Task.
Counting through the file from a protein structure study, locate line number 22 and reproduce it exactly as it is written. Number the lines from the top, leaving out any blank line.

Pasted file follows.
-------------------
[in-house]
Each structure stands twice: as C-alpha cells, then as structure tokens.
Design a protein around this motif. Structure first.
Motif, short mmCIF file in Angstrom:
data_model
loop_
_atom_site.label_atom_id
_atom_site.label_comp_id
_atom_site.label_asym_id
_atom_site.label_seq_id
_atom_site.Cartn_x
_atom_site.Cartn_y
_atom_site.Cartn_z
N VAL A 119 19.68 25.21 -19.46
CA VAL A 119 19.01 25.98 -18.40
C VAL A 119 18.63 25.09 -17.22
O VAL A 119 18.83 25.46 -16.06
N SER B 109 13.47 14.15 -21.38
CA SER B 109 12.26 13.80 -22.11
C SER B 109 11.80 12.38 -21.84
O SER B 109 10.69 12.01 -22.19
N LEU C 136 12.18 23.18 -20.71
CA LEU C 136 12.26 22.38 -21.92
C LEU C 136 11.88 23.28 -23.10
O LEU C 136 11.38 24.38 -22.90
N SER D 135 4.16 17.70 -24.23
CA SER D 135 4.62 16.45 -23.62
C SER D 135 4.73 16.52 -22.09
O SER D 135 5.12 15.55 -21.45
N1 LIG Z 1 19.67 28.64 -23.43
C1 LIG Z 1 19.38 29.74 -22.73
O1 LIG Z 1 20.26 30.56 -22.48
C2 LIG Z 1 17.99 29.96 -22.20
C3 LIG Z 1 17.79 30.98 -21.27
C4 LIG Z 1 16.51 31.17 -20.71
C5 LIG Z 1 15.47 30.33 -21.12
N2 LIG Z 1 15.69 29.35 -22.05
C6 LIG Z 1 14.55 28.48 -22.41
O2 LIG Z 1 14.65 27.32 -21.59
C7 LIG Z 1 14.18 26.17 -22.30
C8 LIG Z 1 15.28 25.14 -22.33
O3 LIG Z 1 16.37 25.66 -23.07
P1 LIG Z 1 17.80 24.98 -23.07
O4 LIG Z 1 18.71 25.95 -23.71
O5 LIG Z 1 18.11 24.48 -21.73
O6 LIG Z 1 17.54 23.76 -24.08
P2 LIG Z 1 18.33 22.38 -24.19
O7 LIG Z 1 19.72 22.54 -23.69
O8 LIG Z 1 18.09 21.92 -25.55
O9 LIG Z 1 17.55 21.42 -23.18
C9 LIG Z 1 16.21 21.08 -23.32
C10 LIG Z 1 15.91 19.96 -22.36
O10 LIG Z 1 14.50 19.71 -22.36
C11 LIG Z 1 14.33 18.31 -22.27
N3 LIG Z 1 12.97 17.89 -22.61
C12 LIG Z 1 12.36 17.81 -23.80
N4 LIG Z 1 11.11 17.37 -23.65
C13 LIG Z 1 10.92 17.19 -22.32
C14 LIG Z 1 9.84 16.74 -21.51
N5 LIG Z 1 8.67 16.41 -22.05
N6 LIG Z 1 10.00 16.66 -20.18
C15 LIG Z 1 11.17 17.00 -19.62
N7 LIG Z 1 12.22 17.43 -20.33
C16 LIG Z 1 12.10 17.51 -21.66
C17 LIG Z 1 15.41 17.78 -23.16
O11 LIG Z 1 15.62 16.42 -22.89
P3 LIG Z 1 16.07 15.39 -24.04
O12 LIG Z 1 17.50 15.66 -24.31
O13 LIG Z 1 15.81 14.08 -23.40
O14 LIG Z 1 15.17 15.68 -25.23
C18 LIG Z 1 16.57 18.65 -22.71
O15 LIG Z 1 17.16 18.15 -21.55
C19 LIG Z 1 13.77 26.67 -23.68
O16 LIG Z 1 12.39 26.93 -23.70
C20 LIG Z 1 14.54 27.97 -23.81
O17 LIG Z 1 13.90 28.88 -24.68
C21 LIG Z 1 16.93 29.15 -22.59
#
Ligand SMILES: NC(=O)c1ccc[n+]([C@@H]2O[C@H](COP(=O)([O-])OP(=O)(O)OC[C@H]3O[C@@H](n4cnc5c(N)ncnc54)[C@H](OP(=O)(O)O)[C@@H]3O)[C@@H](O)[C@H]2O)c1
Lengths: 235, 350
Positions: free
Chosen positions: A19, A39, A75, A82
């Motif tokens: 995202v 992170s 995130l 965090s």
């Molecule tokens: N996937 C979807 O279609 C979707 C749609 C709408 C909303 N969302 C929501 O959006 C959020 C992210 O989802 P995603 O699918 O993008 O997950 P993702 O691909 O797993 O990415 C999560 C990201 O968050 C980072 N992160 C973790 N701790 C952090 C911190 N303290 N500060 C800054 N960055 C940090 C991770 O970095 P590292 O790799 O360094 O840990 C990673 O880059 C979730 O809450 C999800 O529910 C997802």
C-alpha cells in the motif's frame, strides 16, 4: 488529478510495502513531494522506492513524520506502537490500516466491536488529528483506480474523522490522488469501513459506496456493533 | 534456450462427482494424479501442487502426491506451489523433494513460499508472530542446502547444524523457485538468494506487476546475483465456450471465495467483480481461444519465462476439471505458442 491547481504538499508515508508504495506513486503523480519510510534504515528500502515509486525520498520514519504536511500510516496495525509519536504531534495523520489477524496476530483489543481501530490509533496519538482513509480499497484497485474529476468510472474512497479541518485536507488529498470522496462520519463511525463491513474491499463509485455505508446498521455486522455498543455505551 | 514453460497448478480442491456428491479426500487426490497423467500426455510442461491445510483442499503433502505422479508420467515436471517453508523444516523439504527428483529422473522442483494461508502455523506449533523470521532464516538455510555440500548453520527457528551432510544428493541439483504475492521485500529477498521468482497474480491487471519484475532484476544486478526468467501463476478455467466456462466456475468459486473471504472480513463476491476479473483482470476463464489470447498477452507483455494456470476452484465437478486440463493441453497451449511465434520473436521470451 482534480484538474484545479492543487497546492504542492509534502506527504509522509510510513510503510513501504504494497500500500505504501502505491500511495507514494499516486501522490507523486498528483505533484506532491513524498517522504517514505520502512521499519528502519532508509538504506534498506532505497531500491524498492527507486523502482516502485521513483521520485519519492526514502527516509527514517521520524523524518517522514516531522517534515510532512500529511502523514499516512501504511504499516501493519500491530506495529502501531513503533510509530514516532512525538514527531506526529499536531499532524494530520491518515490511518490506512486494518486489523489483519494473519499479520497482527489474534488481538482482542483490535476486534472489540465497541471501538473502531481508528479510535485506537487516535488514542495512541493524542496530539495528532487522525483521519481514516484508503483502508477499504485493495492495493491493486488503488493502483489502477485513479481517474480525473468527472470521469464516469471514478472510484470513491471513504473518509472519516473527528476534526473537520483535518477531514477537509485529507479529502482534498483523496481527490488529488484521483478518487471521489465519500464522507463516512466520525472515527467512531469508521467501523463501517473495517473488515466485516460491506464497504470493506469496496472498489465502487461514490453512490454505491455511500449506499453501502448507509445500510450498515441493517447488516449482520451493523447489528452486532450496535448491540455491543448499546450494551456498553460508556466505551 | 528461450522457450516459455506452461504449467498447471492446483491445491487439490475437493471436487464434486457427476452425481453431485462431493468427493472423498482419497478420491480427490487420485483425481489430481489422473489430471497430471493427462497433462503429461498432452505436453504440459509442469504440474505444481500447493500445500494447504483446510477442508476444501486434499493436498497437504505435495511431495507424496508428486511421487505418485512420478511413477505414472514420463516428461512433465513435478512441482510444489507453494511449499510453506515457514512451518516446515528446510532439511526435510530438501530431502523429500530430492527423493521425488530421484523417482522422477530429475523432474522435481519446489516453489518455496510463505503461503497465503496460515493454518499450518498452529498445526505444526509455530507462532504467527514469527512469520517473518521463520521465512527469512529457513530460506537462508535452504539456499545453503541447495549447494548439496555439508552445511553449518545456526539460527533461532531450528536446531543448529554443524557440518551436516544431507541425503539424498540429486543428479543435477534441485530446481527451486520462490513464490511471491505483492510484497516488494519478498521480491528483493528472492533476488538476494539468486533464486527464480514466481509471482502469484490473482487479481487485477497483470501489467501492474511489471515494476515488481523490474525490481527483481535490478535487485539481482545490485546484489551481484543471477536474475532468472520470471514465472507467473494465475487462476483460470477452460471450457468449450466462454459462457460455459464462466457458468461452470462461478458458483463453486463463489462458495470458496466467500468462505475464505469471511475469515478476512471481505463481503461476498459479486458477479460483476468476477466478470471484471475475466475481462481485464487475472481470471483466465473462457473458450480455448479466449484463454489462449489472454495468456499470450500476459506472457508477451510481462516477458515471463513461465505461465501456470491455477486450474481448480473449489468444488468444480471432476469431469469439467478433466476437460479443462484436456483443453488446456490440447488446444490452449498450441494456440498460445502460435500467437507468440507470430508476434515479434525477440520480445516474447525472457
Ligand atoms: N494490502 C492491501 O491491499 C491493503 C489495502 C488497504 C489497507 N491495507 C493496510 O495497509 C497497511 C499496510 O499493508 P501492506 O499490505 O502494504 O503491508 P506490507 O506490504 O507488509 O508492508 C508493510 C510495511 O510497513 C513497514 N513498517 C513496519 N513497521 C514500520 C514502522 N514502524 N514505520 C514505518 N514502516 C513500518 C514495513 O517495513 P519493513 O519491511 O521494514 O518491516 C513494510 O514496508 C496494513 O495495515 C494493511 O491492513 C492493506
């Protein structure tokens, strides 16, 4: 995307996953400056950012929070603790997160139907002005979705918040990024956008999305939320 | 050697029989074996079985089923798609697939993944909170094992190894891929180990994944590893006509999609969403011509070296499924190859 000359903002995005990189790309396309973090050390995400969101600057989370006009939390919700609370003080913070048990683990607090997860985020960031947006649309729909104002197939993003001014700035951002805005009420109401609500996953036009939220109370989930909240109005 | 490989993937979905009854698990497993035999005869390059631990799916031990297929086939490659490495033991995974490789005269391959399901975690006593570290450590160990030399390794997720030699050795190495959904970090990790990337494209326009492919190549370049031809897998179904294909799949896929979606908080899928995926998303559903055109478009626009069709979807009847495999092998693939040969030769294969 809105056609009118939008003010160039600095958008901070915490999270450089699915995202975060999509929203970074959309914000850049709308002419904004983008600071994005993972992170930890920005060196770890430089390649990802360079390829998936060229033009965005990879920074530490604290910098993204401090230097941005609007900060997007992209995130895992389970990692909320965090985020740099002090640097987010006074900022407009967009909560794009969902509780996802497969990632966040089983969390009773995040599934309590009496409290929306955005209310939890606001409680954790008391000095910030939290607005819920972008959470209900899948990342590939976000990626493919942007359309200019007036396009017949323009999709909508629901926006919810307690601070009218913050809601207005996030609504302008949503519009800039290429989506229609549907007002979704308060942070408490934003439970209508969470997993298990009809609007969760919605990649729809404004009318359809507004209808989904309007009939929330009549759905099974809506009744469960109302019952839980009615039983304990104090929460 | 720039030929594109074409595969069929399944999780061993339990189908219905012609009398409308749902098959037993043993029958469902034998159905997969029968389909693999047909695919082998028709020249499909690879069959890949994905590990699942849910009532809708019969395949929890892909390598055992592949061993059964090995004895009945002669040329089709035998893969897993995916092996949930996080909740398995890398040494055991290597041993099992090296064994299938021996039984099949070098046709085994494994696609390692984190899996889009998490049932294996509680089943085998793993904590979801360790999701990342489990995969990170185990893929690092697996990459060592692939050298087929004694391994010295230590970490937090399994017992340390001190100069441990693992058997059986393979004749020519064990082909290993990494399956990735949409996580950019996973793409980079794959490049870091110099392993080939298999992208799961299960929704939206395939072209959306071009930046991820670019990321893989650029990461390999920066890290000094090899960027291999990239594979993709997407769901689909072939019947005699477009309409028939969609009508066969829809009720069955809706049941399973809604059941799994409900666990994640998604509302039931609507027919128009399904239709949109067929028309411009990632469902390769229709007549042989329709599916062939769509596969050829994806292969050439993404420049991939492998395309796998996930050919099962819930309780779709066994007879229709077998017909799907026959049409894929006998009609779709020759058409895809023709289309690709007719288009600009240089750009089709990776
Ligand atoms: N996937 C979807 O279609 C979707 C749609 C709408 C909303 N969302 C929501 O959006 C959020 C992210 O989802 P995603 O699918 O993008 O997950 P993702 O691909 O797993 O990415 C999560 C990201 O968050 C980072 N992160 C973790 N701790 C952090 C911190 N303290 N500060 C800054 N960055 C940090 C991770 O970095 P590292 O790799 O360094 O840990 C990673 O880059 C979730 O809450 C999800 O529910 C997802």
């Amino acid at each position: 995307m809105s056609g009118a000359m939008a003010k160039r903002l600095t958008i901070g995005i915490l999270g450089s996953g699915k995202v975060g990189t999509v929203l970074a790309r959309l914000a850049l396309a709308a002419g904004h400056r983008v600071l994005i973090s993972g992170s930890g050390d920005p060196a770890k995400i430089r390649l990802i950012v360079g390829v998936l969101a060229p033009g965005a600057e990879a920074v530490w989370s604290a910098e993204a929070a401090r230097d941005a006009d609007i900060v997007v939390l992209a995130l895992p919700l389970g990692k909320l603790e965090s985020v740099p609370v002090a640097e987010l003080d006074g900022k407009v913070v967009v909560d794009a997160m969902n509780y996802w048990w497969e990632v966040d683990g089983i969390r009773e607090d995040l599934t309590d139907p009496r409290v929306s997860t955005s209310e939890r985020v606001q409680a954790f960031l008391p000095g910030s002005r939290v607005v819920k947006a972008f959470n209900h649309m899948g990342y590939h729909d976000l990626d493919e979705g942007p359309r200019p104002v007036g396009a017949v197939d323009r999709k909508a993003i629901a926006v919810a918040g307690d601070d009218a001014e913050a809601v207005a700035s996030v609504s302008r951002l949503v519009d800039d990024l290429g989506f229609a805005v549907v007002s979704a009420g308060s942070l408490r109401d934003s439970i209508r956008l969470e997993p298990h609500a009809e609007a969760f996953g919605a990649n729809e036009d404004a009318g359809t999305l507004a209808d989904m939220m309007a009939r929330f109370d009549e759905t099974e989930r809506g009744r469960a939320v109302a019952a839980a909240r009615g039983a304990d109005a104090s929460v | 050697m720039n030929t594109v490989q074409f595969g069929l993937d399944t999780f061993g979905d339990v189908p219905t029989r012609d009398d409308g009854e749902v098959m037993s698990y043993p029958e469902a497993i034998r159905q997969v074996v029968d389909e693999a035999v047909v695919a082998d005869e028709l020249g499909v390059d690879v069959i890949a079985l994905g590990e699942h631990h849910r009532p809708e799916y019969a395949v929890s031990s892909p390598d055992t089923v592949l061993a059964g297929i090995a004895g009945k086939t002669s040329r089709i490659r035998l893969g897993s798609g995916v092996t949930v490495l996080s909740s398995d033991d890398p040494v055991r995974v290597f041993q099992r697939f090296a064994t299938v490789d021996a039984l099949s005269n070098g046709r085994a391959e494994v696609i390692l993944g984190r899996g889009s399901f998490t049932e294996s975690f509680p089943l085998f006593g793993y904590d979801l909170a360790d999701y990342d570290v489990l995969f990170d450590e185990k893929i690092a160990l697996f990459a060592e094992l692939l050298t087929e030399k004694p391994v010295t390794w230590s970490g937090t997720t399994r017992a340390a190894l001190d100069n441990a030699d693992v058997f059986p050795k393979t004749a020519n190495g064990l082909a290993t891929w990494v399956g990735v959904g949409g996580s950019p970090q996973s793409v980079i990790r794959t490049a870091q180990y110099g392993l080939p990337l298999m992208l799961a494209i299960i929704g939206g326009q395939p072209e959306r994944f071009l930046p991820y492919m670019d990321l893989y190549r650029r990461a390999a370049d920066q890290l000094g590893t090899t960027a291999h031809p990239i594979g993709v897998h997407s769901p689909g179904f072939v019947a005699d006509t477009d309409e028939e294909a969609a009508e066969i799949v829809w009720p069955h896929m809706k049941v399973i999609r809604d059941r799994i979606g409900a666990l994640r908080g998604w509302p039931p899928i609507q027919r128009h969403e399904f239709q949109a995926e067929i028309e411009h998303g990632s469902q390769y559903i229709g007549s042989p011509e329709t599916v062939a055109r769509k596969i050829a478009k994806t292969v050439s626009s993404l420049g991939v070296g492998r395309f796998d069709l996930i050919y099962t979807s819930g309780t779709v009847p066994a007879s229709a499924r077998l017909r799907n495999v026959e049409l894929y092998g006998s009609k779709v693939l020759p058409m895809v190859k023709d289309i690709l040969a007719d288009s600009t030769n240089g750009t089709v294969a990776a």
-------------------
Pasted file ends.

N LEU C 136 12.18 23.18 -20.71